The banks realised that if they sold you a really attractive 0% credit card, the chances are that you are not going to pay off the balance and get charged a fairly high rate of interest when the “teaser rate” ends.  Teaser rates are by nature meant to tease you in and then a game begins.  They are basically backing themselves that they will beat you, mainly due to people’s inertia or lack of control over money.

Blog - A simple trick I used to improve my work/life balance

I have a confession. At the start of the year, I got my work/life balance way off.

I had just had a knee operation, and setup another company (training younger planners) all at the same time as advising at Xentum and also being a Director on the Board.  Things were busy but in all honesty, I was loving it.  I loved my job and I was starting to really see some progression in my career and for the first time in a long time, I was really passionate about the future of the financial planning.

Blog - My thoughts on Monzo - a new kind of Bank (well sort of)

First off - this is not a plug. I have been using Monzo for a few months now and wanted to give my thoughts on how my family has used it.  I have not been paid to write this article and Monzo if you reading this, you know my card details :)

I actually managed to get hold of one of the first Mondo Beta Cards.  Yes it was called Mondo before they decided to rebrand with a new name with something that made me immediately think of Sesame Street (I love Sesame Street).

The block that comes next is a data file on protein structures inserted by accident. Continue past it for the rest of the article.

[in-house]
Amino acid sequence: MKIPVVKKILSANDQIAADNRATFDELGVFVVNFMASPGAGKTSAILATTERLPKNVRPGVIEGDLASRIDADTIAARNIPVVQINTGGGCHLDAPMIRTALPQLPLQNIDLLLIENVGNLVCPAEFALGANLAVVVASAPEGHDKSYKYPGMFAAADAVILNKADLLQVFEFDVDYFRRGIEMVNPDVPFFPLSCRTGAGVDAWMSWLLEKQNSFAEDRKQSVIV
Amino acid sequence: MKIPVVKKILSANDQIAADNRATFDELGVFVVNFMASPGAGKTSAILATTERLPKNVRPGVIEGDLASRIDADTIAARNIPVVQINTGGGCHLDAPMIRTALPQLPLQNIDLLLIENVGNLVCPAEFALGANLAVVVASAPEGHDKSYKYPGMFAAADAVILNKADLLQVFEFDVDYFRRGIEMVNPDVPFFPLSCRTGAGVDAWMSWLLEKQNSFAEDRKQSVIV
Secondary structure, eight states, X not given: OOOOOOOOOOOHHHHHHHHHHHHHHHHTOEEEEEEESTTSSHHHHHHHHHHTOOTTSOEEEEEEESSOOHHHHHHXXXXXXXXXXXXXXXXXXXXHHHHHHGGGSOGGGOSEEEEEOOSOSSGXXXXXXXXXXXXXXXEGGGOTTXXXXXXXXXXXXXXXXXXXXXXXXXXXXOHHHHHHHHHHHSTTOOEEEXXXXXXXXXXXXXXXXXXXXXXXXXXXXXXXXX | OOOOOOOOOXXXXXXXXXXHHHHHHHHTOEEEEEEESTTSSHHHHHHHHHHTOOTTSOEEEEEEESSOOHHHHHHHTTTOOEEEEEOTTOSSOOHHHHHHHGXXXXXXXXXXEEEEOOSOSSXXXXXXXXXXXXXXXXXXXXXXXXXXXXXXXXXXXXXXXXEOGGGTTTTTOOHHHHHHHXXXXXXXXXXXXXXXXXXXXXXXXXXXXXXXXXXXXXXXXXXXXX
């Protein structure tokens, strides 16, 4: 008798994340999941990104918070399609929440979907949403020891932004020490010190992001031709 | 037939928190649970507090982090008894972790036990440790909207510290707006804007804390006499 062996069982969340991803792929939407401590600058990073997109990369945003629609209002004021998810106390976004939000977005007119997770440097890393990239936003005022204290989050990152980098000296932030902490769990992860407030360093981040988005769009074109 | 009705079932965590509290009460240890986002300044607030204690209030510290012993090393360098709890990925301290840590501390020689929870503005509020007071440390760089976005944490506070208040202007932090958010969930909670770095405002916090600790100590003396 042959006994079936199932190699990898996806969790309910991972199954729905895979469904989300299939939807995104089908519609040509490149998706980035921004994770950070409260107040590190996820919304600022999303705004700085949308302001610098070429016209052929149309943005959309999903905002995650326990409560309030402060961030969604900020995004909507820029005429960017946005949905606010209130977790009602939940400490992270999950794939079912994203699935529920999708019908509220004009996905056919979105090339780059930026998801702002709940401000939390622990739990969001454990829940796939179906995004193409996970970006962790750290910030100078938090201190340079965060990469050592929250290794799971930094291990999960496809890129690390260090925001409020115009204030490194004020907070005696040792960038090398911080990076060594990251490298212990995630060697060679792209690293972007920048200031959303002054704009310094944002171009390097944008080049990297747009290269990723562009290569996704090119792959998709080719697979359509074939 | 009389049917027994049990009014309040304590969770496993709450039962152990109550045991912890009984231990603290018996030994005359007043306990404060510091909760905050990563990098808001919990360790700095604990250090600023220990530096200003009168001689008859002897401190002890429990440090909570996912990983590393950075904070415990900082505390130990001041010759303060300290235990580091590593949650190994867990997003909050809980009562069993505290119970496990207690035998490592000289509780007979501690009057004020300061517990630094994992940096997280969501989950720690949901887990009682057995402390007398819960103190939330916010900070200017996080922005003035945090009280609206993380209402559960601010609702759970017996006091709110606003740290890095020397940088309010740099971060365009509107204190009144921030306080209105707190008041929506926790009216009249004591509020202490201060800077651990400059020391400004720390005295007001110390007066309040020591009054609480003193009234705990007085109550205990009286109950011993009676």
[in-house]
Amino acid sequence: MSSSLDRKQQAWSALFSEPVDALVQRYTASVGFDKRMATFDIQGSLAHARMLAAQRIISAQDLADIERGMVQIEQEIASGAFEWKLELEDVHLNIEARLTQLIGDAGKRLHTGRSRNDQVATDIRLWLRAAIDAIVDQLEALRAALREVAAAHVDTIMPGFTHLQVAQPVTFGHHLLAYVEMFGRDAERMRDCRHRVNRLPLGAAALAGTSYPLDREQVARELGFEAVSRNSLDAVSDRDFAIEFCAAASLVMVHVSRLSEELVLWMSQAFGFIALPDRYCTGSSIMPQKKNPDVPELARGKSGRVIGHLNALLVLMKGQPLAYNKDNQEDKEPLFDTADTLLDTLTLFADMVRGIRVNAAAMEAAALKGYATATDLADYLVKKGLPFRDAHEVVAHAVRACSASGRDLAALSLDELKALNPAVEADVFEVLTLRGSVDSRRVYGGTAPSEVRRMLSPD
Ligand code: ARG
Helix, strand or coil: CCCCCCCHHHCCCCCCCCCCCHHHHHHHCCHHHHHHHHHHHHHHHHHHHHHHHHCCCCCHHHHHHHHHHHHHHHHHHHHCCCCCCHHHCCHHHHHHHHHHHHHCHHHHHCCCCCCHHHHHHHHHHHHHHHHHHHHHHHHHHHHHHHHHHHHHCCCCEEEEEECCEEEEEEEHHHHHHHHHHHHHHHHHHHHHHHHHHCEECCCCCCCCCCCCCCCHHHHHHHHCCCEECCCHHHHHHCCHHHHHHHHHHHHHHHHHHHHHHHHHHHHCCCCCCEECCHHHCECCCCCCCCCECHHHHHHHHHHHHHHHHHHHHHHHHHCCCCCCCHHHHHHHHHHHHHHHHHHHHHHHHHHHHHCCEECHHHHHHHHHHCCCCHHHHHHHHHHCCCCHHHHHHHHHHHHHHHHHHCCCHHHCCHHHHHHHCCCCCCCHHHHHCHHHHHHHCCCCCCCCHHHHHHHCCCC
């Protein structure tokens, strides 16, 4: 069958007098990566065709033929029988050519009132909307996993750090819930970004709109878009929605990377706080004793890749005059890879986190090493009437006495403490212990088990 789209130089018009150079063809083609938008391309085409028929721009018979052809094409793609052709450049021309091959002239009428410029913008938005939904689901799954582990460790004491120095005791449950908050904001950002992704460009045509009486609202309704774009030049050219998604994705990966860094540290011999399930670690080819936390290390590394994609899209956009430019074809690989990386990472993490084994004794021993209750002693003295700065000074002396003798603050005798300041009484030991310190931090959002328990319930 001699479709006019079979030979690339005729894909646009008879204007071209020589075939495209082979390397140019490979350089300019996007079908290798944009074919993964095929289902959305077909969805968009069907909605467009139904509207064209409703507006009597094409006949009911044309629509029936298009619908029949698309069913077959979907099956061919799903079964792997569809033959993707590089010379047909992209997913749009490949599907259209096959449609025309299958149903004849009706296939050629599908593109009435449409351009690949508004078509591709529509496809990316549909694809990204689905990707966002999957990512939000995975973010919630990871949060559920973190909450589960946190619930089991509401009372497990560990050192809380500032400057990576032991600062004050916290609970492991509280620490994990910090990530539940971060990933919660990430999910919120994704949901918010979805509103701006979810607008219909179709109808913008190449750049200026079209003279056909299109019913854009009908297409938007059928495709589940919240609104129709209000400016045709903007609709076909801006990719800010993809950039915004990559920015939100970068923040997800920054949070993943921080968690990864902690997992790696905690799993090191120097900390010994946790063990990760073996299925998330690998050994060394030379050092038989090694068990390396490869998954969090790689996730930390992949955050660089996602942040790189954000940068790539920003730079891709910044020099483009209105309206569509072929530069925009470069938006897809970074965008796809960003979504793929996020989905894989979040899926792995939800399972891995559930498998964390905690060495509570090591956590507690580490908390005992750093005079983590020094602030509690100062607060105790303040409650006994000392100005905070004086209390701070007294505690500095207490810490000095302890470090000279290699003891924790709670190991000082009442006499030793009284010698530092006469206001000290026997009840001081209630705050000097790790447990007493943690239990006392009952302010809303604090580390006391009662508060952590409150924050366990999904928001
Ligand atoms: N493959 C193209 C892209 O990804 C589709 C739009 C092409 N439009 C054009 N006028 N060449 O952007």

Blog - Fees and Conflicts in Financial Advice

Everywhere I look, I see ways to save money.  I see utility companies falling over themselves to get my business.  Only this week I switched from Sky to BT and pocketed £130 through a cashback site.  You cannot breathe in the modern world without some kind of sale getting you to part with you hard earned cash.

Where I don’t see it yet is personal finance and although the profession is getting better at being transparent, it isn’t being discussed enough.  People generally don’t know what is a good deal and bad deal in personal finance, especially business owners who frankly have better things to do.  I am therefore writing this blog slightly out of frustration as every client I come across these days seems to have been flogged a bad deal at some point and hopefully this improves awareness.

Advice - Are you financially blind? (And a Free Tool to fix it)

I will always remember one of my first clients at Xentum.  It was a couple in their late 50s and the husband/father of the family was approaching retirement in his head.  I specifically remember this client as they brought a box of paperwork into the office with the message:

“There you go, can you sort through that and let me know when I can retire”

It will always stick with me that particular sentence.  At the time, I found it unbelievable how someone had worked so hard for 30 plus years had no idea how much or what they had in savings, life cover or investments.  They had of course been sold all sorts (some good and some bad) and had merely switched off from the issue of finance.  

Blog - An article I wrote for a trade publication - "10,000 Hours"

I wrote this article for a popular financial advisory blog called the Adviser Lounge

I am thinking a lot at the moment about the route to becoming a top end financial planner.  It is partly the work I am doing with Nextgen planners but I am also interested in this anyway.  I have always had a chip on my shoulder about age in financial planning.  As a young planner, I have obviously had the mantra that if you are good enough, you are old enough.